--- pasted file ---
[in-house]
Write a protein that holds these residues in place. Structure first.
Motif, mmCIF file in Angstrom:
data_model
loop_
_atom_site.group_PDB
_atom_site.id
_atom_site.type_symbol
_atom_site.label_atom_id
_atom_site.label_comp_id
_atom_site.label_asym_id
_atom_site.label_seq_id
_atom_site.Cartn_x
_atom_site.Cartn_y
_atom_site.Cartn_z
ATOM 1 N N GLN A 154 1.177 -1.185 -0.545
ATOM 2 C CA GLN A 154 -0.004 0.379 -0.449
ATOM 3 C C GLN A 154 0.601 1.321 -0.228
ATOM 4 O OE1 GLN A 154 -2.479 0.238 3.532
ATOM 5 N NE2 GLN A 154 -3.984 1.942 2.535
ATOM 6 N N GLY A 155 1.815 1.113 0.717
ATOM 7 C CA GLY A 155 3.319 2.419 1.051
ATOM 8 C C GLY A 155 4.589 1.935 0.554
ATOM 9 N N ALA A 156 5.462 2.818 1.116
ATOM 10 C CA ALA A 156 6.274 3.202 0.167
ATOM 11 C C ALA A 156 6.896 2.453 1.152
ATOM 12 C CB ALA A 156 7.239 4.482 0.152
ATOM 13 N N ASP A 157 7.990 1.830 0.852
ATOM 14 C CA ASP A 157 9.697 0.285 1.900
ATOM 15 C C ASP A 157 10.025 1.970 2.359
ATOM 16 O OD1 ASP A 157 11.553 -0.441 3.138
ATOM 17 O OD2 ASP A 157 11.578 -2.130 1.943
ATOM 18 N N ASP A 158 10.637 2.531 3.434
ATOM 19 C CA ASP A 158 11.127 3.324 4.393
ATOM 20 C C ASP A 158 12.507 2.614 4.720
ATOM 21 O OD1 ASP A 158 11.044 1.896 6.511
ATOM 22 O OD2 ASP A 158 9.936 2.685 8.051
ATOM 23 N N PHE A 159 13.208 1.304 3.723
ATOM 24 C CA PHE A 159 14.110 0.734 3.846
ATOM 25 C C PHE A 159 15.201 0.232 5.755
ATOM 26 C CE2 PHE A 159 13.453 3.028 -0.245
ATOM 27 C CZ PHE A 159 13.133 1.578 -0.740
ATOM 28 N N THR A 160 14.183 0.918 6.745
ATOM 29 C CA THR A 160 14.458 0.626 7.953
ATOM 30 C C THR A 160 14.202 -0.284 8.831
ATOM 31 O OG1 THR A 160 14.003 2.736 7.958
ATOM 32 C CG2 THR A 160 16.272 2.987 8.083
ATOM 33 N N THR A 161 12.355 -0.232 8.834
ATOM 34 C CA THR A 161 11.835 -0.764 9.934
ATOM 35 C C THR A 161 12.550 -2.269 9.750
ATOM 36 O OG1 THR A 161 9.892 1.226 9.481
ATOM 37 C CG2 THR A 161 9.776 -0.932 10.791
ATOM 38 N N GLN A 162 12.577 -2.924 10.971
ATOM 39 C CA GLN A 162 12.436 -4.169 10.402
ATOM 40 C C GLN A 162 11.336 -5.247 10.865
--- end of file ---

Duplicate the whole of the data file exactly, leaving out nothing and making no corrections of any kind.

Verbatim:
[in-house]
Write a protein that holds these residues in place. Structure first.
Motif, mmCIF file in Angstrom:
data_model
loop_
_atom_site.group_PDB
_atom_site.id
_atom_site.type_symbol
_atom_site.label_atom_id
_atom_site.label_comp_id
_atom_site.label_asym_id
_atom_site.label_seq_id
_atom_site.Cartn_x
_atom_site.Cartn_y
_atom_site.Cartn_z
ATOM 1 N N GLN A 154 1.177 -1.185 -0.545
ATOM 2 C CA GLN A 154 -0.004 0.379 -0.449
ATOM 3 C C GLN A 154 0.601 1.321 -0.228
ATOM 4 O OE1 GLN A 154 -2.479 0.238 3.532
ATOM 5 N NE2 GLN A 154 -3.984 1.942 2.535
ATOM 6 N N GLY A 155 1.815 1.113 0.717
ATOM 7 C CA GLY A 155 3.319 2.419 1.051
ATOM 8 C C GLY A 155 4.589 1.935 0.554
ATOM 9 N N ALA A 156 5.462 2.818 1.116
ATOM 10 C CA ALA A 156 6.274 3.202 0.167
ATOM 11 C C ALA A 156 6.896 2.453 1.152
ATOM 12 C CB ALA A 156 7.239 4.482 0.152
ATOM 13 N N ASP A 157 7.990 1.830 0.852
ATOM 14 C CA ASP A 157 9.697 0.285 1.900
ATOM 15 C C ASP A 157 10.025 1.970 2.359
ATOM 16 O OD1 ASP A 157 11.553 -0.441 3.138
ATOM 17 O OD2 ASP A 157 11.578 -2.130 1.943
ATOM 18 N N ASP A 158 10.637 2.531 3.434
ATOM 19 C CA ASP A 158 11.127 3.324 4.393
ATOM 20 C C ASP A 158 12.507 2.614 4.720
ATOM 21 O OD1 ASP A 158 11.044 1.896 6.511
ATOM 22 O OD2 ASP A 158 9.936 2.685 8.051
ATOM 23 N N PHE A 159 13.208 1.304 3.723
ATOM 24 C CA PHE A 159 14.110 0.734 3.846
ATOM 25 C C PHE A 159 15.201 0.232 5.755
ATOM 26 C CE2 PHE A 159 13.453 3.028 -0.245
ATOM 27 C CZ PHE A 159 13.133 1.578 -0.740
ATOM 28 N N THR A 160 14.183 0.918 6.745
ATOM 29 C CA THR A 160 14.458 0.626 7.953
ATOM 30 C C THR A 160 14.202 -0.284 8.831
ATOM 31 O OG1 THR A 160 14.003 2.736 7.958
ATOM 32 C CG2 THR A 160 16.272 2.987 8.083
ATOM 33 N N THR A 161 12.355 -0.232 8.834
ATOM 34 C CA THR A 161 11.835 -0.764 9.934
ATOM 35 C C THR A 161 12.550 -2.269 9.750
ATOM 36 O OG1 THR A 161 9.892 1.226 9.481
ATOM 37 C CG2 THR A 161 9.776 -0.932 10.791
ATOM 38 N N GLN A 162 12.577 -2.924 10.971
ATOM 39 C CA GLN A 162 12.436 -4.169 10.402
ATOM 40 C C GLN A 162 11.336 -5.247 10.865